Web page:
Tag Archives: decision-making

9 Steps to Success: Keep the Big Goal In Mind

business challenge concept

Are your decisions and actions on target with your big goal?

What is most important to you? What do you really want? What’s the big picture you are trying to achieve with your efforts? It’s so easy to lose sight of the big picture by getting caught up in the minutia of day to day tasks, demands and responsibilities. You can very easily slip into passively reacting to whatever is in front of you instead of deliberately making choices in the direction you really want to go. Many people never pause long enough to figure out what is most important to them.

Over the years I’ve put time and attention into creating awareness of my big goal. So far I’ve come up with this: to live a simple, peaceful, life that feeds my heart with deep connection with others, time in nature, opportunities to express my creativity, opportunities to travel to places I really want to go like Alaska and the British Isles, opportunities to have new, fun adventures, and opportunities to make a difference in the lives of others.

When I get lost in the busyness of day to day living I remind myself of my big goal, what’s most important. When I have choices to make about  work I will do or activities I will participate in, I refer back to my big goal. Will  the work or activity that I’m contemplating feed my heart? Will it add unnecessary stress or will it be an exciting learning adventure? Will I be honoring my big goal by any choice I make? Like self-knowledge, my big goal is my compass, a reference point for decision-making and taking action.

For example, last year Bob and I committed to going to the Albequerque Balloon Fiesta in New Mexico with a good friend. That decision was in alignment with my big goals of pursuing opportunities to travel and having new adventures. The challenge was figuring out how to fund the trip. After considering various options, I decided to offer pet sitting in our home to earn the extra cash. I chose petsitting because I LOVE dogs and the adventure of working with dogs. Being with dogs could feed my heart as well as my pocketbook! It was a good fit with my big goal.

What will you do to determine your big goal? Coaching is a great way to pause, create space and get support to develop awareness about your big goal, that which is most important to you. Remember, it probably won’t magically appear without some deliberate focus and effort. But the quality of your life could depend on it!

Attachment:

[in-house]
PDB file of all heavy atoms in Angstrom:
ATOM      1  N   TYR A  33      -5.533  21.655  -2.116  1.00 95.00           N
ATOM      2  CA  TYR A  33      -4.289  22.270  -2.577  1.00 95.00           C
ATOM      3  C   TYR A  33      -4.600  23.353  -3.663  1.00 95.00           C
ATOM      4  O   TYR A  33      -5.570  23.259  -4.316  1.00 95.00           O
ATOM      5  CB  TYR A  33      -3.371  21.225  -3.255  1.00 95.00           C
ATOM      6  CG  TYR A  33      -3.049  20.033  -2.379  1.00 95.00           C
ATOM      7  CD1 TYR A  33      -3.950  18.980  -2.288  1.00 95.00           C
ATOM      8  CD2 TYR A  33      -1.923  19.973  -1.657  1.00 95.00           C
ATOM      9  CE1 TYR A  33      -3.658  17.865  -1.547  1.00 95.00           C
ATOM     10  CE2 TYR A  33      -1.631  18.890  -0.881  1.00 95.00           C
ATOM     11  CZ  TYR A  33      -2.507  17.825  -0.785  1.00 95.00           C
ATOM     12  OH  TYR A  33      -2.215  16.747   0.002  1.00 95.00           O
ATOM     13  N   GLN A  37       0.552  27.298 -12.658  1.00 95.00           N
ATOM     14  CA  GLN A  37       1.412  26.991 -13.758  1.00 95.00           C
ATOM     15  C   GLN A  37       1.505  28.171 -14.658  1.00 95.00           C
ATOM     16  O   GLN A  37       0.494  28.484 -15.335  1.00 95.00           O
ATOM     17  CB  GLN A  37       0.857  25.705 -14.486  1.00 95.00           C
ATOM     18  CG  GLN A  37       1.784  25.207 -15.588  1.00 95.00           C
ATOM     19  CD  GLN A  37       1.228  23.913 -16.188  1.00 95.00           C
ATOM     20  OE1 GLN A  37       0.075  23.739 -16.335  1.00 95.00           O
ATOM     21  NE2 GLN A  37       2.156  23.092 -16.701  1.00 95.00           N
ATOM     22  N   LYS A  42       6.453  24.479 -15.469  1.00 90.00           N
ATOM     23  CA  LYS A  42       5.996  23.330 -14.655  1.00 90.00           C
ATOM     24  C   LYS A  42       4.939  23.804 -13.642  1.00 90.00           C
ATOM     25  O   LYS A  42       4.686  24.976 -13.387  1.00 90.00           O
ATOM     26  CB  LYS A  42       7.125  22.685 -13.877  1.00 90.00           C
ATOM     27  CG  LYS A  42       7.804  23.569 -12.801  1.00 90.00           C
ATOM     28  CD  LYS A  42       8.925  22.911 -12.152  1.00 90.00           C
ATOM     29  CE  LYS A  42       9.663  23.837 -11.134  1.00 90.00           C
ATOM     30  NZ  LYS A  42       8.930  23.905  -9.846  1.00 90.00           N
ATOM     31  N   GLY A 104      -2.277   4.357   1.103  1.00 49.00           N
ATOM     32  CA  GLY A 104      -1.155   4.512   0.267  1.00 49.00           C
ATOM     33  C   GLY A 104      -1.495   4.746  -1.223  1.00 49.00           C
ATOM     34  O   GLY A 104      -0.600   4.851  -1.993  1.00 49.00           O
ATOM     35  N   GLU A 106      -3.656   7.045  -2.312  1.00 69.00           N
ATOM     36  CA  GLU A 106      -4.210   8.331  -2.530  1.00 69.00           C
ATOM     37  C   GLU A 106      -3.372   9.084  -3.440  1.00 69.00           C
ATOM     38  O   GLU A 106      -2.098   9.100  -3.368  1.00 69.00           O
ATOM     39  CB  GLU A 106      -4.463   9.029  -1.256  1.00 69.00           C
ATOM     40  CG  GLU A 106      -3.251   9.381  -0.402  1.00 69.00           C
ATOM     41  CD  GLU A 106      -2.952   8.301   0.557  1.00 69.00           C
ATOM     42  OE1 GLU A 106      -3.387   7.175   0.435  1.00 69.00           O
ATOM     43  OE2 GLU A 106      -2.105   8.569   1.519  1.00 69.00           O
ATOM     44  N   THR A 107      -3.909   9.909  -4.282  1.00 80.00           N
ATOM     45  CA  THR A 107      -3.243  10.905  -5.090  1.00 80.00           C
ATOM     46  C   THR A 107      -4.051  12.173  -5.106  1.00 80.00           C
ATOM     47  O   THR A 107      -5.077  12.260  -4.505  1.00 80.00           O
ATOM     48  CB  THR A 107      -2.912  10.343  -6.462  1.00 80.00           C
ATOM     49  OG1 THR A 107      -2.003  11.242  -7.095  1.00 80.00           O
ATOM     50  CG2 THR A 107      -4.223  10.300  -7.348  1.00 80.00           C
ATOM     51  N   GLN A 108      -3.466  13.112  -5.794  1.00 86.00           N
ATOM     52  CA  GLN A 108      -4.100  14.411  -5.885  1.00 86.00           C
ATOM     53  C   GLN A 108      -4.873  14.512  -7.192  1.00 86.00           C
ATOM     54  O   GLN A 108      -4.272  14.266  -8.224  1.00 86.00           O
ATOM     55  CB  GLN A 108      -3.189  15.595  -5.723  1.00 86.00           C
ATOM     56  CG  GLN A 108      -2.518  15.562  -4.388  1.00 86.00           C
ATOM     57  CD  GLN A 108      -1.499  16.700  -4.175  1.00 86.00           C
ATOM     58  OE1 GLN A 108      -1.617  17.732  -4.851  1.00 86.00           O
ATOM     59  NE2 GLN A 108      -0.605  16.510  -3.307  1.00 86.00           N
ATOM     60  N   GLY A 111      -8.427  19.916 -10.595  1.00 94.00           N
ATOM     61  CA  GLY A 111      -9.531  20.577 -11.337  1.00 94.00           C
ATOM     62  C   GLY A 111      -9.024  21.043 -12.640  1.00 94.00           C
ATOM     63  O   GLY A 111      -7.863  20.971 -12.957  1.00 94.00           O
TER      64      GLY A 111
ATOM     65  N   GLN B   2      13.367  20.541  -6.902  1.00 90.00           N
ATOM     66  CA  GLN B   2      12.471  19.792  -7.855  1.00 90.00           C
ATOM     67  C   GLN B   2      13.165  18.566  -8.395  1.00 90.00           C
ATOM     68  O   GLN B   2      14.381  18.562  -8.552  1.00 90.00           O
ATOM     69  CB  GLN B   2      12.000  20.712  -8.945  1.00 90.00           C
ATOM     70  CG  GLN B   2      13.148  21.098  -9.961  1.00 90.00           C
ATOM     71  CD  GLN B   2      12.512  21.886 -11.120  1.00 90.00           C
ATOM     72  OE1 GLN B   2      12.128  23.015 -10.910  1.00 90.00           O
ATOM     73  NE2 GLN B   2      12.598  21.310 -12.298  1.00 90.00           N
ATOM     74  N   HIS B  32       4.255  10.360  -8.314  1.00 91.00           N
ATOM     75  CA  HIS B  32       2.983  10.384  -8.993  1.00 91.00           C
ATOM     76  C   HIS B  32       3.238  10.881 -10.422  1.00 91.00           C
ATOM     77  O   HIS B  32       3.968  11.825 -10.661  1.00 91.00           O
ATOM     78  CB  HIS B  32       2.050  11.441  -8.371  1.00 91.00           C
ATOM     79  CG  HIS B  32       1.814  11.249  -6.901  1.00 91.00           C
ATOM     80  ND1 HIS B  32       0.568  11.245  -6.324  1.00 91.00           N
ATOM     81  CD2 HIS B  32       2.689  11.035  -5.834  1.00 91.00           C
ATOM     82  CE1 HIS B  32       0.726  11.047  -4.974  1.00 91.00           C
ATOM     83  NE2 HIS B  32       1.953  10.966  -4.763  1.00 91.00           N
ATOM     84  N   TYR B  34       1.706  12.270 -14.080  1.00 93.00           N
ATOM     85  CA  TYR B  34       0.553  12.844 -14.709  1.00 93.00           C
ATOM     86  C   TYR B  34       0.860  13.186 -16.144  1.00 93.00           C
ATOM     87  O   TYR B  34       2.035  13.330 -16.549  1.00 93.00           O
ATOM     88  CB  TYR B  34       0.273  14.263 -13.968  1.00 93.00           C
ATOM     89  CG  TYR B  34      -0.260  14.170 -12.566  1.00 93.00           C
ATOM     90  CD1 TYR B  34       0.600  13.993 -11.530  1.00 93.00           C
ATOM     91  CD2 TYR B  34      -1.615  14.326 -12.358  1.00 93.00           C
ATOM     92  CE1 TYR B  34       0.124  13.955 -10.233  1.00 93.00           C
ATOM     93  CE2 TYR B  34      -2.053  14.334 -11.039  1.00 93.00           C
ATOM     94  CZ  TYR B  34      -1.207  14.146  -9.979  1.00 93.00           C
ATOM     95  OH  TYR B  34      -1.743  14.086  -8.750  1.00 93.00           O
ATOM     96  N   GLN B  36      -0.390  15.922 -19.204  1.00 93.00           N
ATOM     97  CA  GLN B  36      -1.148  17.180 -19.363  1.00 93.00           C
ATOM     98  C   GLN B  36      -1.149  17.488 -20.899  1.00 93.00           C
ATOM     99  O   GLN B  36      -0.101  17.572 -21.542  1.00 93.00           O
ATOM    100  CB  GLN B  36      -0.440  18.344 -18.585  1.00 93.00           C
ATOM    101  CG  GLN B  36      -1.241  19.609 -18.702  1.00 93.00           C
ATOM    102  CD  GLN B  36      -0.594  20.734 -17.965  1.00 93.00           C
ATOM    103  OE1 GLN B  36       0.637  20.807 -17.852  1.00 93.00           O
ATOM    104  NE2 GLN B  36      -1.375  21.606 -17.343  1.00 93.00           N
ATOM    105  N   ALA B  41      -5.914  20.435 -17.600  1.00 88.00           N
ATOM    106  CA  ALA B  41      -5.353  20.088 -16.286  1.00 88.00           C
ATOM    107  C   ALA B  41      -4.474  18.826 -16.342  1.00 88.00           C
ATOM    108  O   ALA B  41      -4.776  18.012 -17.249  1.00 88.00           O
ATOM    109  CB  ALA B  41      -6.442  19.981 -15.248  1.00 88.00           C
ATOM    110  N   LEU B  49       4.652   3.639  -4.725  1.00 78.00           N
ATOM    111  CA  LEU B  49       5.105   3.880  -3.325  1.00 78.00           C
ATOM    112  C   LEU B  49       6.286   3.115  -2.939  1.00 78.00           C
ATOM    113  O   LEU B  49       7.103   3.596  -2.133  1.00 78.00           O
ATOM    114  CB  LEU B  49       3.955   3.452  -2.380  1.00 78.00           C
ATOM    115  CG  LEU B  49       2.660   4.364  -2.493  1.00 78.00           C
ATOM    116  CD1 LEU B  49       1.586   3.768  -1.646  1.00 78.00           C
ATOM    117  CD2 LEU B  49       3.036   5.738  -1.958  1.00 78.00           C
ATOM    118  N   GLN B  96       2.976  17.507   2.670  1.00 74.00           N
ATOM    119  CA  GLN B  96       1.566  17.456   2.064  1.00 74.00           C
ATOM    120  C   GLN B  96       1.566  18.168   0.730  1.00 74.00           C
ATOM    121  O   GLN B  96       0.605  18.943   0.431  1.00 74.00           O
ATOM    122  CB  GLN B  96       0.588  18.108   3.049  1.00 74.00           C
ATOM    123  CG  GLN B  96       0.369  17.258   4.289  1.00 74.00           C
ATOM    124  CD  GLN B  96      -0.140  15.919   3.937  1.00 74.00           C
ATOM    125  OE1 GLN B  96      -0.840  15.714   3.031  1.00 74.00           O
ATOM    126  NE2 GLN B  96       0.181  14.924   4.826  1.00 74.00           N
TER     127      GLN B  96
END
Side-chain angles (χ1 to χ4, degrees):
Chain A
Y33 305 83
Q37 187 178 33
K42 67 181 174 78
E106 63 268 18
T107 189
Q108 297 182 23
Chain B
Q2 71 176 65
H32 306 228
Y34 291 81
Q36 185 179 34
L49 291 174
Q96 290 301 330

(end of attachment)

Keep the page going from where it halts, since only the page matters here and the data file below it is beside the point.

Crises: Opportunities to Get Clarity About Your Values

DSCN0244“Big rocks” are those areas of your life that are most important. My big rocks include my family (including furry family members), my marriage, my health and personal growth, my friends, and my business. I spend most of my time and energy on my “big rocks.” Sometimes I must choose which rock is most important. When that happens, I view it as a self-knowledge learning opportunity.

This past Monday I was scheduled to work with two coaching clients. However, when I had lunch with my mother at her assisted living facility, it was very apparent that the tumble she’d taken out of her bed the day before had left her in significant hip pain. I had been told that an x-ray of her hip was scheduled for that afternoon. So, I returned her to her room after lunch and set off to call the first client.

Before making that call I checked with the doctor’s office to verify that it would in fact happen that day. I didn’t want Mom hurting for long. And, I was concerned that she might actually have fractured her hip. I was given the phone number of the imaging company that would do the x-ray, and  was told they’d never received the order, from either the assisted living facility or from the doctor’s office. There I was, due to call a client in ten minutes and in the middle of an administrative debacle regarding my mother’s care.

I was at a choice point between two of my “big rocks”: my family and my work (means of fiscal survival). Plus I was mad as hell! What to do? The super-responsible worker part of me was on auto-pilot, proceeding with the work, planning to make that call. That part of me wanted to be the reliable, conscientious coach, a person of high integrity. But, when I factored in my emotional state (mad as hell!), I quickly came to the conclusion that I was not in a good place emotionally, and my ability to be the attentive source of support my client needed and deserved had been compromised both by my feelings of anger and my concern for my mother.

Looking back, I realize that what had emerged in that crisis was awareness of my strong value of working with integrity and my equally strong value of family. Awareness of those values and the weight of those values helped inform my decision to cancel my coaching client and return to help my mother get the care she needed. And, I also learned that family trumps work anytime!

What values are guiding your decisions? Times of crisis, difficult as they are, can in hindsight be great opportunities for awareness of your most important values. Knowing  your values arms you to make good decisions.

**If you are curious about learning more about your values, I would be happy to send you a copy of a “Values & Needs Exercise” I received in coach training with Coach Approach. Email me to request that exercise at debbie@debbiebowie.com.